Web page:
Psychopath Theodore Robert Bundy
Psychopath Theodore Robert Bundy (November 24, 1946 – January 24, 1989) was an American serial killer who kidnapped, raped, and murdered numerous women and young girls during the 1970s and possibly before. After more than a decade of denial, he confessed to 30 murders committed in seven states between 1974 and 1978. The true number of victims is unknown and could be much higher.
Bundy was considered handsome and charismatic, traits he used to gain the trust of his victims and society. He would typically approach his victims in public places, pretending to be injured or disfigured, or posing as an authority figure, before stunning them and driving them to their next location to rape and strangle them. He sometimes revisits his victims, grooming and engaging in sexual acts with their decomposing corpses until decomposition and destruction by wild animals makes further interaction impossible. He decapitated at least 12 victims and kept some of the severed heads as mementos in his apartment. On several occasions, he broke into residences at night and beat his victims while they were sleeping.
In 1975, Bundy was arrested and jailed in Utah for kidnapping and attempted criminal assault. Then he becomes a suspect in a growing list of unsolved murders in several states. Facing murder charges in Colorado, he engineered two dramatic escapes and carried out further attacks in Florida, including three murders, before finally being re-arrested in 1978. For the Florida murders, he received three death sentences in two trials. He was executed at the Florida State Penitentiary in Raiford on January 24, 1989.
Biographer Ann Rule describes him as “a sadistic sociopath who revels in the suffering of other humans and the control he has over their victims, until death, and even afterward”. He once described himself as “the most cold-hearted bastard you will ever meet”. Attorney Polly Nelson, the last member of her defense team, agreed. “Ted,” he wrote, “is the very definition of heartless evil”.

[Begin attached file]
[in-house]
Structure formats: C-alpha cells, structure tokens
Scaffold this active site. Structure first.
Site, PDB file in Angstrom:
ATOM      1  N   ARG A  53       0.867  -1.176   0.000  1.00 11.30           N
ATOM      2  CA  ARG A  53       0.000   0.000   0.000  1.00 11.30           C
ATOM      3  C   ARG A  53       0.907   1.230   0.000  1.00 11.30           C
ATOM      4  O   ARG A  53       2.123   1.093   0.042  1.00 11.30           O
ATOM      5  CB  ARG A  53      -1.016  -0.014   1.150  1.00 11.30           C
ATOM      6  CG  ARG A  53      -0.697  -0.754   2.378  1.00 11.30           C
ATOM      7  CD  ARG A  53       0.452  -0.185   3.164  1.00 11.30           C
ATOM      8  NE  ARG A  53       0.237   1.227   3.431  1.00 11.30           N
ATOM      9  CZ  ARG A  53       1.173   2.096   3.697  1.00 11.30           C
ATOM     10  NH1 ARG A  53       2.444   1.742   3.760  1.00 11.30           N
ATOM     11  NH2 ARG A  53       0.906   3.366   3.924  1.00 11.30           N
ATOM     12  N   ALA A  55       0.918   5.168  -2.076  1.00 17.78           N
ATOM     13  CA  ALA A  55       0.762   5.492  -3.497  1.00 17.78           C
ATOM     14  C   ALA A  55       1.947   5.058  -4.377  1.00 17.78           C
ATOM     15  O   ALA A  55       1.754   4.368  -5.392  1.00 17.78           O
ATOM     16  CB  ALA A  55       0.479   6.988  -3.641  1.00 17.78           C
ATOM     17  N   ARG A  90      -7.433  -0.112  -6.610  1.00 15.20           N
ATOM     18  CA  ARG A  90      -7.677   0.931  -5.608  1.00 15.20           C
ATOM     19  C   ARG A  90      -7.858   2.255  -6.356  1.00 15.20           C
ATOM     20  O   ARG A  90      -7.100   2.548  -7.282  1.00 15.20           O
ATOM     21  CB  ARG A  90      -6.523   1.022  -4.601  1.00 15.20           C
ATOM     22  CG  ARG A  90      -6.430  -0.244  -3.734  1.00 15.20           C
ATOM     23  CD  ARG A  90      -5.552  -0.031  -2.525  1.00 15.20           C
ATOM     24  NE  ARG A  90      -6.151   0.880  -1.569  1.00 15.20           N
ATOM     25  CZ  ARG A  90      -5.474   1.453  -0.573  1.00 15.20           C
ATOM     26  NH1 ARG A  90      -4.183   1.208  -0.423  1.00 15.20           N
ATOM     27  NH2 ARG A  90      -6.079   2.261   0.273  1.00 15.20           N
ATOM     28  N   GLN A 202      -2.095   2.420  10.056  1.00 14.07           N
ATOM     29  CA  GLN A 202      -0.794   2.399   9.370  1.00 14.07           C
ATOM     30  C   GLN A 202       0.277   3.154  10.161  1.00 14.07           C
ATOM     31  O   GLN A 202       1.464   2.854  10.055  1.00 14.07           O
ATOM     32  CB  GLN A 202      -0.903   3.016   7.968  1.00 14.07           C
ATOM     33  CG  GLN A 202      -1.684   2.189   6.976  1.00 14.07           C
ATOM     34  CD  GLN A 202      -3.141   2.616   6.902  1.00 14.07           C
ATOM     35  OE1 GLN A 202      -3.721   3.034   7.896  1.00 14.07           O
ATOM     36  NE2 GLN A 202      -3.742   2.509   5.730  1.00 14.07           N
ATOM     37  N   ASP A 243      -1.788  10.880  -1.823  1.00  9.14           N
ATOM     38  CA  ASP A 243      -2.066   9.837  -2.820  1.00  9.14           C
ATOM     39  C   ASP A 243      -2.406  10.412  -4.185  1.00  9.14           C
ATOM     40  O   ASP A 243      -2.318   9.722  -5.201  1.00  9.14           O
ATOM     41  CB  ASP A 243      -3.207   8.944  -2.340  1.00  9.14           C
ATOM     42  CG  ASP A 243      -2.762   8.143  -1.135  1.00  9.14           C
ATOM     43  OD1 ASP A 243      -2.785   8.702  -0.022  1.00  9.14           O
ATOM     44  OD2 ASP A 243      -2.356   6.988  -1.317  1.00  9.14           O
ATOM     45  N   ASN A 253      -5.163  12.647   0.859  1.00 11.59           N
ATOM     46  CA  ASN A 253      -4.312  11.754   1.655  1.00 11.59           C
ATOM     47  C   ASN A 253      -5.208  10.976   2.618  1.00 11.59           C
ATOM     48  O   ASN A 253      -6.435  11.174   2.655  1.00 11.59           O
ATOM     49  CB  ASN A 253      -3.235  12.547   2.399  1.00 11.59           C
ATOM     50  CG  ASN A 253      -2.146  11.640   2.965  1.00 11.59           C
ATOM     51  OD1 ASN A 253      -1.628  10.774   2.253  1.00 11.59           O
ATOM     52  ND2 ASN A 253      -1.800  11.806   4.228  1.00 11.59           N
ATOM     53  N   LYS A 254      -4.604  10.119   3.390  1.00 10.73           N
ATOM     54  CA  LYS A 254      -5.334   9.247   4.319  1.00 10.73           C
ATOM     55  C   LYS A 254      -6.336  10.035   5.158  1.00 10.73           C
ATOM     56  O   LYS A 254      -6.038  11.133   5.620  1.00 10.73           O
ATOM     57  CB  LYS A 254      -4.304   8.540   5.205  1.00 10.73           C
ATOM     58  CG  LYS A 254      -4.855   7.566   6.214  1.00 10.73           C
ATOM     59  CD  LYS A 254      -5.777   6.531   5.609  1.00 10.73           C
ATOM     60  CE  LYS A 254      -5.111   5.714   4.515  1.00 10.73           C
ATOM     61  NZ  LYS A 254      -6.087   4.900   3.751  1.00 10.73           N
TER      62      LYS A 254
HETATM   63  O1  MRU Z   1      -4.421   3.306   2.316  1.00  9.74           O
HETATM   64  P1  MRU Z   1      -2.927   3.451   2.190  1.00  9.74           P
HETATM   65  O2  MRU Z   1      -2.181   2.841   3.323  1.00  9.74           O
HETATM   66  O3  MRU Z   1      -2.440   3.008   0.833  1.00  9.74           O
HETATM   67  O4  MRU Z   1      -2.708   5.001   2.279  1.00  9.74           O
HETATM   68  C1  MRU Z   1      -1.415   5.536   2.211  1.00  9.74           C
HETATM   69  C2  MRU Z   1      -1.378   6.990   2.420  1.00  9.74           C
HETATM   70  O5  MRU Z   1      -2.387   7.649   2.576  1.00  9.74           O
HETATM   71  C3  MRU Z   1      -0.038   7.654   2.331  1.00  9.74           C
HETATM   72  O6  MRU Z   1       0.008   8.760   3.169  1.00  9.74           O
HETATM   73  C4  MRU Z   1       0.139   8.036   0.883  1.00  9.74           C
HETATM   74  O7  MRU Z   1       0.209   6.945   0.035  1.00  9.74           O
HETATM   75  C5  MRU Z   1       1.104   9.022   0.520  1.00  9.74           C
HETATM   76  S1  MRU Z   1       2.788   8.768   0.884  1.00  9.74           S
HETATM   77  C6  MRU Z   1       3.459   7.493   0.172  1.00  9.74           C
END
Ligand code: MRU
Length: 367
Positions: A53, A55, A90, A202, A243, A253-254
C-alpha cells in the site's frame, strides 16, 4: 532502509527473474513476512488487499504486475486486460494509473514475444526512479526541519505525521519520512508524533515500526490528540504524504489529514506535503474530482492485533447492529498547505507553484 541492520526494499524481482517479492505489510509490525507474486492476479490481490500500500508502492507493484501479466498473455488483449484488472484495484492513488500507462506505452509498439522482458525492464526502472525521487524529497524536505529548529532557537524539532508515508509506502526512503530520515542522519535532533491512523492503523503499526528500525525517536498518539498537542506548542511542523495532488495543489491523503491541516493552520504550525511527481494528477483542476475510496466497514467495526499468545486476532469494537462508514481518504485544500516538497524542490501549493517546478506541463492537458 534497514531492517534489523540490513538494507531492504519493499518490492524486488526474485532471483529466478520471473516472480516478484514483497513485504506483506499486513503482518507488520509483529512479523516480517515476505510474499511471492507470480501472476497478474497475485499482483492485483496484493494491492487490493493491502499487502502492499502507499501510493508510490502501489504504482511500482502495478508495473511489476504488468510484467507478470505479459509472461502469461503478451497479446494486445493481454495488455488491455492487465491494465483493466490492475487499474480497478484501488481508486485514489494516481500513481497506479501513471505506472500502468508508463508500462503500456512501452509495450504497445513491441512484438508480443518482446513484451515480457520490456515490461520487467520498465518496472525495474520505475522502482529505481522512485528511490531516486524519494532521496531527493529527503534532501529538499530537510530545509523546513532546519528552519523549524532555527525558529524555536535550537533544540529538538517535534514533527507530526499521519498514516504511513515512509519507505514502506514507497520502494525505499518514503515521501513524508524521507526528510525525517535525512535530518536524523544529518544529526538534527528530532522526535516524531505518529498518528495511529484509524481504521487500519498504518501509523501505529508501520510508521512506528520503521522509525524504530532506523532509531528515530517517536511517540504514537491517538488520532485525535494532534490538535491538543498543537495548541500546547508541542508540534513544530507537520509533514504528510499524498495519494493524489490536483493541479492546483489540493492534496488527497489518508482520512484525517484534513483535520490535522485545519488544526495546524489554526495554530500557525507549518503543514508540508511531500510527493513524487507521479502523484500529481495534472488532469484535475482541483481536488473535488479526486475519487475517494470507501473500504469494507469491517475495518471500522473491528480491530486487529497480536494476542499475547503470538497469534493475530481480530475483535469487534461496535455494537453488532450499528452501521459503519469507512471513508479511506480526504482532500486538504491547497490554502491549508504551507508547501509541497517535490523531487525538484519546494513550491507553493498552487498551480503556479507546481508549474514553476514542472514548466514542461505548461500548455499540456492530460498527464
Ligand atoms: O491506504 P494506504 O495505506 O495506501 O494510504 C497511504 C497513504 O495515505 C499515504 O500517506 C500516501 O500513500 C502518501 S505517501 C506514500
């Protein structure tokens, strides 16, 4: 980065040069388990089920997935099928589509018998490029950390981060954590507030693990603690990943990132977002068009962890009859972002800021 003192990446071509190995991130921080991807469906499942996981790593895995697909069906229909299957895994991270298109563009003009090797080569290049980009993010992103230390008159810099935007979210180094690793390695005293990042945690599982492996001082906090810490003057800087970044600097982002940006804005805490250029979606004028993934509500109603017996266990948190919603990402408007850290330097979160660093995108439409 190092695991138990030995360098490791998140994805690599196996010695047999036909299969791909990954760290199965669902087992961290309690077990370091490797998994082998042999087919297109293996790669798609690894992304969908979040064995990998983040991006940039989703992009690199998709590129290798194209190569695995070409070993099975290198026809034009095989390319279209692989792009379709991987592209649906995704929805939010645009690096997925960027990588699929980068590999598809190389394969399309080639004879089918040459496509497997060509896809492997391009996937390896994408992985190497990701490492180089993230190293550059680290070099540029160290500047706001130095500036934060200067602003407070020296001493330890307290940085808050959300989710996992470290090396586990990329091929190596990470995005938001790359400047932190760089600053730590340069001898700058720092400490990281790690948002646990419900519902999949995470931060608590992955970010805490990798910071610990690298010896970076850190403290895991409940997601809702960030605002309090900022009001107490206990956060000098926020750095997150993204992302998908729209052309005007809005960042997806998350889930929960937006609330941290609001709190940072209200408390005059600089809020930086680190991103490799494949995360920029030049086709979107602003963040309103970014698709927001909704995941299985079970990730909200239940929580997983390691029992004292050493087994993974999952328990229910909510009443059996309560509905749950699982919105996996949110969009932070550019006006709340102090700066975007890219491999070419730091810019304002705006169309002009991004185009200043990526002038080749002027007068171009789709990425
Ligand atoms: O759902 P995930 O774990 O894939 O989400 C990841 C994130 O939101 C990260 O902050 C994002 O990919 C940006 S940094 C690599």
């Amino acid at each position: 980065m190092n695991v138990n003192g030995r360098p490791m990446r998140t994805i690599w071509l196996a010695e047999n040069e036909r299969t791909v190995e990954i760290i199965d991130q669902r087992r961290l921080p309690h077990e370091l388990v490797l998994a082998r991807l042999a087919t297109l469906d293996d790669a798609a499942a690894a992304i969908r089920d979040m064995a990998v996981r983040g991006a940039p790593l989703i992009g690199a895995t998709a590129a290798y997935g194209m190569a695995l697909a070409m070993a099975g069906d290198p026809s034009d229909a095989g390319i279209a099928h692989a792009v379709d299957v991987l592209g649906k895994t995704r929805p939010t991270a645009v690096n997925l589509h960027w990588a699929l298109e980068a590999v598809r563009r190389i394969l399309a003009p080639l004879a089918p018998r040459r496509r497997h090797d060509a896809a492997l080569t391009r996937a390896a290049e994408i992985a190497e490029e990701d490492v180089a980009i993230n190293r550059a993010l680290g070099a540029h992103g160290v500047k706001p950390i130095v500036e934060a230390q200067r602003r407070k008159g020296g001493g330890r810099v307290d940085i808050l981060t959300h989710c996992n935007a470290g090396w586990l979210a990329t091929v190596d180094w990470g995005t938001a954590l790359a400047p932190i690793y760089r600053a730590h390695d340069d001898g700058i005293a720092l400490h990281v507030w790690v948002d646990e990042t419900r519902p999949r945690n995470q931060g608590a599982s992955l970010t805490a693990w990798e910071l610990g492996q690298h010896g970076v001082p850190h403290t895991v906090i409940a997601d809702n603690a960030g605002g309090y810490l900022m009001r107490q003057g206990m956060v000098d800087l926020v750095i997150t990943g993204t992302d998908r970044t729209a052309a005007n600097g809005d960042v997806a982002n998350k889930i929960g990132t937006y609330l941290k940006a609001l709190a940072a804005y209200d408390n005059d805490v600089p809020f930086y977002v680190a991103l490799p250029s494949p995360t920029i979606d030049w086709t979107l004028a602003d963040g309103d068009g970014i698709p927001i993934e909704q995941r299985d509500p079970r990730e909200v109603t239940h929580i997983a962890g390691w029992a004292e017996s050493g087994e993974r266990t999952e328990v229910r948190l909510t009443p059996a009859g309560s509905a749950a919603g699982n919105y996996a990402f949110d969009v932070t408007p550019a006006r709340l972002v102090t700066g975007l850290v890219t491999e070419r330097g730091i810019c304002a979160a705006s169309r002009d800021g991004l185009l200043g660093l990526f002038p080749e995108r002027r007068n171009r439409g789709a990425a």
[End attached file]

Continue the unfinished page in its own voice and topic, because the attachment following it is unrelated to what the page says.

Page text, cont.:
Ted Bundy was born Theodore Robert Cowell on November 24, 1946, to Eleanor Louise Cowell (1924–2012; known as Louise) at the Elizabeth Lund Home for Unwed Mothers in Burlington, Vermont. The identity of his father was never confirmed. Louise admits she was once seduced by a war veteran named Jack Worthington, who left her as soon as she became pregnant with Ted. Some family members expressed suspicions that it was Louise’s own father, Samuel Cowell, who impregnated Louise but no actual evidence has ever been cited to support this.
For the first three years of his life, Bundy lived in Philadelphia, the home of his maternal grandparents, Samuel (1898–1983) and Eleanor Cowell (1895–1971), who raised him as their son to avoid the social stigma that accompanied birth out of wedlock. Family, friends, and even young Ted were told that his grandparents were his parents and that his mother was his older sister. He eventually finds out the truth, though his memories of the circumstances vary.
He told his girlfriend that his cousin showed him a copy of his birth certificate after calling him a “bastard” but he told biographers Stephen Michaud and Hugh Aynesworth that he found the certificate himself. True-crime biographer and writer Ann Rule, who knew Bundy personally, believed she didn’t know about it until 1969, when she came across her original birth records in Vermont. Bundy expresses a lifelong hatred of his mother for never talking to him about his real father and for leaving him to find his true parents for himself.
In several interviews, Bundy spoke warmly of his grandparents and told Ann Rule that he “clung to” his grandfather. However, in 1987, he and other family members told attorneys that Samuel Cowell was a violent and bigoted man who hated blacks, Italians, Catholics, and Jews, beat his wife and family dog, and wagged the tails of a neighbor’s cat. He once threw Louise’s younger sister Julia for oversleeping. Bundy described his grandmother as a timid and submissive woman who periodically underwent electrolytic seizures due to depression and fear of leaving the house towards the end of her life.
Bundy sometimes displayed disturbed behavior at an early age. Julia remembers waking up from a nap to find herself surrounded by knives from the kitchen and three-year-old Ted standing by the bed smiling. This description of Bundy’s grandparents has been called into question in more recent investigations.